Reader reviews and comments on Oxford Messed Up, plus links to write your own review.

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Oxford Messed Up

By Andrea Kayne Kaufman

Oxford Messed Up
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  • Paperback: Nov 2011,
    336 pages.

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There are currently 22 reader reviews for Oxford Messed Up
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Suzanne G. (08/22/12)

A good story
Gloria and Henry share a bathroom at Oxford. Gloria, majoring in feminist poetry, is plagued with OCD while Henry is a lagging personality majoring in music. Their love evolves through all Gloria’s problems with OCD and Henry’s laziness. Van Morrison is their glue: an obsession that at times was over done. I felt the epilogue was so, so unnecessary. Rather a something just hanging without much sense. I liked the book when I could over look VM; it was well researched.
Suchi (08/12/12)

Oxford Messed Up - Delightful literary feast
A moving and poignant tale about two messed up people trying to find true love against a back drop of dead women poets and Van Morrison's optimistically enchanting music.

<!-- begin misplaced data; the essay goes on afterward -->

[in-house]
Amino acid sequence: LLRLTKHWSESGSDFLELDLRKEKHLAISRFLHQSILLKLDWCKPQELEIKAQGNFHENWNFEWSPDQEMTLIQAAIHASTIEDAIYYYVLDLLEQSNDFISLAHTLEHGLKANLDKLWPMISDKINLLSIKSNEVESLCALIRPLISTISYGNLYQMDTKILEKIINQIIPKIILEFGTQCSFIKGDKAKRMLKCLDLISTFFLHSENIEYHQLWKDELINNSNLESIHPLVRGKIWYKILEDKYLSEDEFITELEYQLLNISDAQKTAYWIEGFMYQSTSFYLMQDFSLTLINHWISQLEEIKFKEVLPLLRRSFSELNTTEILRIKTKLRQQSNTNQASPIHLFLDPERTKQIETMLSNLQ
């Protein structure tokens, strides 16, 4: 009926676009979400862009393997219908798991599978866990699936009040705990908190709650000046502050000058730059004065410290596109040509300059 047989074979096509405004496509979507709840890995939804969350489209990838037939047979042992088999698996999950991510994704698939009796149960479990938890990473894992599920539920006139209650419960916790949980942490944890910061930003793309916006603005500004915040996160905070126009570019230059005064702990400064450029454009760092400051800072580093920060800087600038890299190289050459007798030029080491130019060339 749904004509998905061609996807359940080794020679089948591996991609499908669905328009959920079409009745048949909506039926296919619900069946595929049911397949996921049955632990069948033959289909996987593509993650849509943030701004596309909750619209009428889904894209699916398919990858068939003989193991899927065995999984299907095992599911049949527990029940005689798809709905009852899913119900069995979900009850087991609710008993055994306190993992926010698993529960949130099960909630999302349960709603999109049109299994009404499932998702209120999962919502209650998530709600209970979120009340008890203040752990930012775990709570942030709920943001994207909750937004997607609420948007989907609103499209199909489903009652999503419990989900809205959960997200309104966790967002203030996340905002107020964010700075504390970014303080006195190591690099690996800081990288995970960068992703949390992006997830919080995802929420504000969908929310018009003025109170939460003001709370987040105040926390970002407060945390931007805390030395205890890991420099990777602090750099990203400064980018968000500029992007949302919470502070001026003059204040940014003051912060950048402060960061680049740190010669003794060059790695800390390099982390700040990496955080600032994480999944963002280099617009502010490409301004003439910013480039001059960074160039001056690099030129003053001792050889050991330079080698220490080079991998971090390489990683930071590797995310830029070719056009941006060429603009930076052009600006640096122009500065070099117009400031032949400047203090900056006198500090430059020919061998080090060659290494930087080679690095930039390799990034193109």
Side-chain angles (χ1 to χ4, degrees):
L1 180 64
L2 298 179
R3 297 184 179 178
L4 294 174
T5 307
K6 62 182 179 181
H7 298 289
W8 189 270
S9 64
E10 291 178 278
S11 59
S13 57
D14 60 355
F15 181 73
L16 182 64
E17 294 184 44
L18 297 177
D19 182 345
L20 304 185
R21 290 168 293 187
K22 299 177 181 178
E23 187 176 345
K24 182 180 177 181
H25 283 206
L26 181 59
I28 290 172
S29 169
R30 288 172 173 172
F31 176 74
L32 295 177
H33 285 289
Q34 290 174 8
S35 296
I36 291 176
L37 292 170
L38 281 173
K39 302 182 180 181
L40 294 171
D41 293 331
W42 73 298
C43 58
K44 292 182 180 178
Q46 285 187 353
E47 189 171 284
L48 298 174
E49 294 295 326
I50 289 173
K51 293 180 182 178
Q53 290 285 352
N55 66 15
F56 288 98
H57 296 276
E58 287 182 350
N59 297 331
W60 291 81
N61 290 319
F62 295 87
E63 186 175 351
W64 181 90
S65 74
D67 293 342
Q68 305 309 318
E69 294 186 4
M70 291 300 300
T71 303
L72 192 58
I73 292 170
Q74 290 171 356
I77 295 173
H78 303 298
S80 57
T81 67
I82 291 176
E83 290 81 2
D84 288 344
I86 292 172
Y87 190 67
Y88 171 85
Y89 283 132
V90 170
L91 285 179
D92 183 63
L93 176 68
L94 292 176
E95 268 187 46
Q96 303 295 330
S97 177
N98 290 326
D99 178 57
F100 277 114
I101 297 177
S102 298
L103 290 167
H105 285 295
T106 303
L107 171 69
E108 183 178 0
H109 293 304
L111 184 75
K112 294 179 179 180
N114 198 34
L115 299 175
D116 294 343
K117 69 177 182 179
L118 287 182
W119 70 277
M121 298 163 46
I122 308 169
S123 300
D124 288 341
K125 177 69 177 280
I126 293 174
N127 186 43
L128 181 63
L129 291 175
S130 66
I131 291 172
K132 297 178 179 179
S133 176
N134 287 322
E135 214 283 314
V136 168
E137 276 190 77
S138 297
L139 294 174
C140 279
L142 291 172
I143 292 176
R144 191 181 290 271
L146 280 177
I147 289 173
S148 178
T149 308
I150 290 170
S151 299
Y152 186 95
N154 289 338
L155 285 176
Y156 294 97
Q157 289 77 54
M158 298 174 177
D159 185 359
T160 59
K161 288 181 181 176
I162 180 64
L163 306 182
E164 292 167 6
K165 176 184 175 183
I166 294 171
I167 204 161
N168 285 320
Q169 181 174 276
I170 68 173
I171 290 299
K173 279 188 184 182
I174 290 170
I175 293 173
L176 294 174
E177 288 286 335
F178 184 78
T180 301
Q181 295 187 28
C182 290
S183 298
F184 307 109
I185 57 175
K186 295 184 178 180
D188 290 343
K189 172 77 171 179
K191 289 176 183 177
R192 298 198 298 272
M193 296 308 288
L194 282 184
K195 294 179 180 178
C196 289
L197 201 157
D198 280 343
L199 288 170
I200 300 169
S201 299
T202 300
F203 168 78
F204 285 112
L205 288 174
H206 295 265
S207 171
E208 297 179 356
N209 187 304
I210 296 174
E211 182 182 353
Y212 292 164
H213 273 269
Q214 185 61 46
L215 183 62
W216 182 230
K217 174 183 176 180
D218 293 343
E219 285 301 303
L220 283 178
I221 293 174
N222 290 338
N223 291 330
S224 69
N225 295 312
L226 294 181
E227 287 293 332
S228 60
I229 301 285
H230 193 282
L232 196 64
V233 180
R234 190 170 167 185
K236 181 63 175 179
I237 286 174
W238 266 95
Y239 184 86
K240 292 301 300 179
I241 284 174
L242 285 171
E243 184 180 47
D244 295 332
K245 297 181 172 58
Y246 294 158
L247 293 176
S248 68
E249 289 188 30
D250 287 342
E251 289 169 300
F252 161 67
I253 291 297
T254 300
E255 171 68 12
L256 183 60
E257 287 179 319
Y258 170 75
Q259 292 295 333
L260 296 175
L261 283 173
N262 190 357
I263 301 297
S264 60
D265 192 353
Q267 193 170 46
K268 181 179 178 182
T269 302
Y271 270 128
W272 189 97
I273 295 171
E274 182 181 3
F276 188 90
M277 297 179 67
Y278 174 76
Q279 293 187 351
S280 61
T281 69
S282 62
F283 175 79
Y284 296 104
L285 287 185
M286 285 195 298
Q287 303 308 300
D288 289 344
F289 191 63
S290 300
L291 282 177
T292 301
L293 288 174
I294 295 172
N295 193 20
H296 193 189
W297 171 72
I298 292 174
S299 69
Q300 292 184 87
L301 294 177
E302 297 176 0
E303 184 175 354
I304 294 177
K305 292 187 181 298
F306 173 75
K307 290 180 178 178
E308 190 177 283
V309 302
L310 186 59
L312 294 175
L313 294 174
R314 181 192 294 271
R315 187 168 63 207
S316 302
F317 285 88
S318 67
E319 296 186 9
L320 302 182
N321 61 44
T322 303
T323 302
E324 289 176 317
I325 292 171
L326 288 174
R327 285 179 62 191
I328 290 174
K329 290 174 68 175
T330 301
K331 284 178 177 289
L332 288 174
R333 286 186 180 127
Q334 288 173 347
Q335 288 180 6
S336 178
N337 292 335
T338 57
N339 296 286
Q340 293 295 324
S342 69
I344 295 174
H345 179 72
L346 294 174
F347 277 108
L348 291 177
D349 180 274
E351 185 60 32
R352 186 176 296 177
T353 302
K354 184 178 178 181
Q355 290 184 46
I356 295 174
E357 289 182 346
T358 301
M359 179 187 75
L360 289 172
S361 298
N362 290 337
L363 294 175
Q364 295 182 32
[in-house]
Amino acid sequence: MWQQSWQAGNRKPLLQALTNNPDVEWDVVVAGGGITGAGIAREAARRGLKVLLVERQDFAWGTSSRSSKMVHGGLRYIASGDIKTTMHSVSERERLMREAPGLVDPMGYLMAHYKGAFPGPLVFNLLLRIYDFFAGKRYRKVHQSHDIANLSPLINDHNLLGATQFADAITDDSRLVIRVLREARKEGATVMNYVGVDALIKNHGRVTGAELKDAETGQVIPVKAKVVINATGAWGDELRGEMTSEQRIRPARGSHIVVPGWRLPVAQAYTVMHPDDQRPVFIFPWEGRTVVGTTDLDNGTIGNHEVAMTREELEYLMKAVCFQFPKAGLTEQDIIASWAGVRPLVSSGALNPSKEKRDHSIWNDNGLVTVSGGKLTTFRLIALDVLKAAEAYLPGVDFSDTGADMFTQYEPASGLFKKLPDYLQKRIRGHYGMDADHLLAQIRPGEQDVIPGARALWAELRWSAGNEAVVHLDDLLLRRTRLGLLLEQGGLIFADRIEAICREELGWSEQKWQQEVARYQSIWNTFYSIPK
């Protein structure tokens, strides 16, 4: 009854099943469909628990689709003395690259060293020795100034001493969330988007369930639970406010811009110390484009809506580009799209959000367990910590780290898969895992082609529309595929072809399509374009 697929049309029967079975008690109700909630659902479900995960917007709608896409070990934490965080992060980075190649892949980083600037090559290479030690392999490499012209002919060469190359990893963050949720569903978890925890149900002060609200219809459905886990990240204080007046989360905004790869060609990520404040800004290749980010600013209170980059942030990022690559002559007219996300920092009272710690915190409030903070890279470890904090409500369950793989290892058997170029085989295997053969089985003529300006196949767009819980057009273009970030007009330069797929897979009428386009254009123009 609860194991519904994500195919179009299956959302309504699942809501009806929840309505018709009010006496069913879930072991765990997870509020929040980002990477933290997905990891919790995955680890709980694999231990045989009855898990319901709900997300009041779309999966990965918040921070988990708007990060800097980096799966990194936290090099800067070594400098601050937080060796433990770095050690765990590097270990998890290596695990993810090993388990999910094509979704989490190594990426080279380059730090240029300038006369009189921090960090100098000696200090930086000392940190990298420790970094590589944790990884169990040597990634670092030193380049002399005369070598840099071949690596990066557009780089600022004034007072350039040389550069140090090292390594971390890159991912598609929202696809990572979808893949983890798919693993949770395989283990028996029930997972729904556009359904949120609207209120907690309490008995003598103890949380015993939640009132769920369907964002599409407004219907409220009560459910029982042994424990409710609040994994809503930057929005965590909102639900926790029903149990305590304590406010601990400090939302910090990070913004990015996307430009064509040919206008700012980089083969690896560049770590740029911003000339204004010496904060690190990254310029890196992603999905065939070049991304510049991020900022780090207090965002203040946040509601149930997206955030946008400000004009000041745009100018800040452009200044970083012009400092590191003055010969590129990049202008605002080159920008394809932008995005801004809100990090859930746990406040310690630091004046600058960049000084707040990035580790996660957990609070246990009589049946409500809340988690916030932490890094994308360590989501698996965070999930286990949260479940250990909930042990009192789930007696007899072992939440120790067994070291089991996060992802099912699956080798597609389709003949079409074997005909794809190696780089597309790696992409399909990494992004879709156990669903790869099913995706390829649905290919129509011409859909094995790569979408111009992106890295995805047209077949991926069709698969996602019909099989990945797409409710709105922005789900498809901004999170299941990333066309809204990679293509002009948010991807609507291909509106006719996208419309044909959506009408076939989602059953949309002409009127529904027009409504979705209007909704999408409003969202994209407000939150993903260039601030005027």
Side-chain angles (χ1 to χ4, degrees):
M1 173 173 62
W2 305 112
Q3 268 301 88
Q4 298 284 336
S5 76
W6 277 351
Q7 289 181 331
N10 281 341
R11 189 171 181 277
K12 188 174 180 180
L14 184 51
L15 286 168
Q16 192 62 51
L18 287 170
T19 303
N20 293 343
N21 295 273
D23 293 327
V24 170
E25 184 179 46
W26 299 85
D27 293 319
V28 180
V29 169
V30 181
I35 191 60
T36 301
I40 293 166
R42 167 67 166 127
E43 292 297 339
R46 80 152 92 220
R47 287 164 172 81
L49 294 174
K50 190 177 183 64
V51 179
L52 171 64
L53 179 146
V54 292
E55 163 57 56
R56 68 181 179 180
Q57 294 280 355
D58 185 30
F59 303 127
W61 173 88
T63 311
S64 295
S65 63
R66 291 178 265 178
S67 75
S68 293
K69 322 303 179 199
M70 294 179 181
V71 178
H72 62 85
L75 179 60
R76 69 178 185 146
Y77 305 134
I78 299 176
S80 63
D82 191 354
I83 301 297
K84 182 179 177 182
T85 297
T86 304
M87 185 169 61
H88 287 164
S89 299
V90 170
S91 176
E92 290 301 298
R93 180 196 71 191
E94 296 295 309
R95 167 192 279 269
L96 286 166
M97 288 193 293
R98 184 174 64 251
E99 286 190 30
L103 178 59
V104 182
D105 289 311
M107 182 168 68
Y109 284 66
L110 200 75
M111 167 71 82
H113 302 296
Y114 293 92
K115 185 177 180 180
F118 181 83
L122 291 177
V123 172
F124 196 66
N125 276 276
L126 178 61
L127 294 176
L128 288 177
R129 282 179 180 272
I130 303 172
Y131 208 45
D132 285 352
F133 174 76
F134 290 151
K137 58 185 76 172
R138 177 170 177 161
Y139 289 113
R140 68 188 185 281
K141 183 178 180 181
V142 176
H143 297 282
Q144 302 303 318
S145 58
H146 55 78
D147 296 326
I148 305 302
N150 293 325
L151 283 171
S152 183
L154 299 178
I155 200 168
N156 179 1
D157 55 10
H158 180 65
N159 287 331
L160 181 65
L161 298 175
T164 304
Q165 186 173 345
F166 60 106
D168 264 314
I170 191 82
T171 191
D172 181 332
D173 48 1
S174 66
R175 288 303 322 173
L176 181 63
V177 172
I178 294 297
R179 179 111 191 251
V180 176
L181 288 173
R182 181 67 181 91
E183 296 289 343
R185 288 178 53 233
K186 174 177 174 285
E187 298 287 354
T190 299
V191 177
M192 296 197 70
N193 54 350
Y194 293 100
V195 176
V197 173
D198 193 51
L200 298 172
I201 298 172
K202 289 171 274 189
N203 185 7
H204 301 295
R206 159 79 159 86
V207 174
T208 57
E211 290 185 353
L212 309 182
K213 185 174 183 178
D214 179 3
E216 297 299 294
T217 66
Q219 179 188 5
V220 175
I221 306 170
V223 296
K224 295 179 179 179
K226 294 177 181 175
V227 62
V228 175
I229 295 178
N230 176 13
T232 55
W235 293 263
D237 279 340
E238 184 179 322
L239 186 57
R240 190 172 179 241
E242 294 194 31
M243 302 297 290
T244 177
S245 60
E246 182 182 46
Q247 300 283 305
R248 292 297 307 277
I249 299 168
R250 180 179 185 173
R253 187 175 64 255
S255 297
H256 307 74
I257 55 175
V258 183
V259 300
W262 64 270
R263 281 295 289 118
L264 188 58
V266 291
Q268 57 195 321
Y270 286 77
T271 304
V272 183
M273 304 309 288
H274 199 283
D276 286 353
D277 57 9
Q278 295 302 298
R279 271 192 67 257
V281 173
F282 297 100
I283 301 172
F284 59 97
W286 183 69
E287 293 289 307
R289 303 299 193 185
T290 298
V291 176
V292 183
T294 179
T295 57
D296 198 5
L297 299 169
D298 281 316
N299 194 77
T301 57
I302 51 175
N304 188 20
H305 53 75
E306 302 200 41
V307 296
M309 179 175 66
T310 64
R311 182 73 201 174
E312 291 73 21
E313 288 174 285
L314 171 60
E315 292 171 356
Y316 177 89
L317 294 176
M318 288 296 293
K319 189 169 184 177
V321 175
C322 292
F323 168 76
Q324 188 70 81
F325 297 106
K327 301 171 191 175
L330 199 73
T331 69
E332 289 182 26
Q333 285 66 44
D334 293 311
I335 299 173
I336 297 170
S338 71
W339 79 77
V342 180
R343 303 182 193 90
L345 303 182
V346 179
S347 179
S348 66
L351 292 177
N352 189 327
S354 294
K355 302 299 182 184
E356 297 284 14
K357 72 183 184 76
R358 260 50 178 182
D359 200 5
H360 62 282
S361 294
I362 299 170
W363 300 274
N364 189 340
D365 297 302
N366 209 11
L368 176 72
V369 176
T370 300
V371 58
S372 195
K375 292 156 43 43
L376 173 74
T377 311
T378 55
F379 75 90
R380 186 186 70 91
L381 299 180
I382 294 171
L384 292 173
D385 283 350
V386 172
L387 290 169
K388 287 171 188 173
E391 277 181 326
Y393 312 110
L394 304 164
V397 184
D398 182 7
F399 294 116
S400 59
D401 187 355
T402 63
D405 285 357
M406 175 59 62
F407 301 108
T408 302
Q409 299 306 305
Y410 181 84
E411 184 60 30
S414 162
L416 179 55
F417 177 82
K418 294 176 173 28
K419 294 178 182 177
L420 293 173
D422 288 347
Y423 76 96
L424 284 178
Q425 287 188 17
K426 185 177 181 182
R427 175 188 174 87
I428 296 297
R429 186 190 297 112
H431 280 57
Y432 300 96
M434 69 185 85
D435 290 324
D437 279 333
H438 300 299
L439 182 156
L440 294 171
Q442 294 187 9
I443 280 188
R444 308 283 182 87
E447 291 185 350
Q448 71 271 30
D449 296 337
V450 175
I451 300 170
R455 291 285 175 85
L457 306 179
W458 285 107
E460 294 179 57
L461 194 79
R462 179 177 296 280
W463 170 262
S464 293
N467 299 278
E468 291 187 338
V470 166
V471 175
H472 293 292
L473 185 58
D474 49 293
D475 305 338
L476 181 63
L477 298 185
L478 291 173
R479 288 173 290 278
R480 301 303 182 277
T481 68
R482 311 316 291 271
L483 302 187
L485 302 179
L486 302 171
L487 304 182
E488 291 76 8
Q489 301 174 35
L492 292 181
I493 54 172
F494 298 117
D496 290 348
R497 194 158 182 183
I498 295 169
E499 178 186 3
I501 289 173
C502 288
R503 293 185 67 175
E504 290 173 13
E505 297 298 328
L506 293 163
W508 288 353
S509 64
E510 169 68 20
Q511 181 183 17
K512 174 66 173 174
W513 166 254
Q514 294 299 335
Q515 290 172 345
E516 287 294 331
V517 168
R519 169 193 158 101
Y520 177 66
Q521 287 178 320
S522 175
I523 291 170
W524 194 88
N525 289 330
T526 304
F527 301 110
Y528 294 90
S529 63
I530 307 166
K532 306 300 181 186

On the surface Gloria and Henry look like normal people, much like a brand new record but look deeper and they are really like a used record, scratched one too many times. As the books weaves through a semester of their lives in Oxford they start emanating soulful music.
The book is a literary feast for anyone looking for a contemporary literary fiction. For a first book, the literary allusions are delightfully moving.
Amy M. (Brooklyn, NY) (04/17/12)

Oxford Messed Up is a smart, compelling book!
Gloria Zimmerman, who suffers from an extreme case of OCD, and Henry Young, a former drug addict, meet at Oxford University when they discover that their dorm rooms share a bathroom. These brilliant people are drawn to one another, recognizing in each other the loneliness and discomfort they both feel in society. Their bond is strengthened by their shared love of the music of Van Morrison. Henry subscribes to the idea of fatalistic optimism he finds in Van Morrison’s music and believes is the answer to Gloria problems. If Gloria and Henry can overcome their fears of commitment and rejection and accept each others' help, they'll have lifelong support and love while navigating life's obstacles. The question is: Are Gloria and Henry willing to take the risk to trust and be vulnerable to each other?
Karen B. (Bethlehem, PA) (04/16/12)

Oxford Messed Up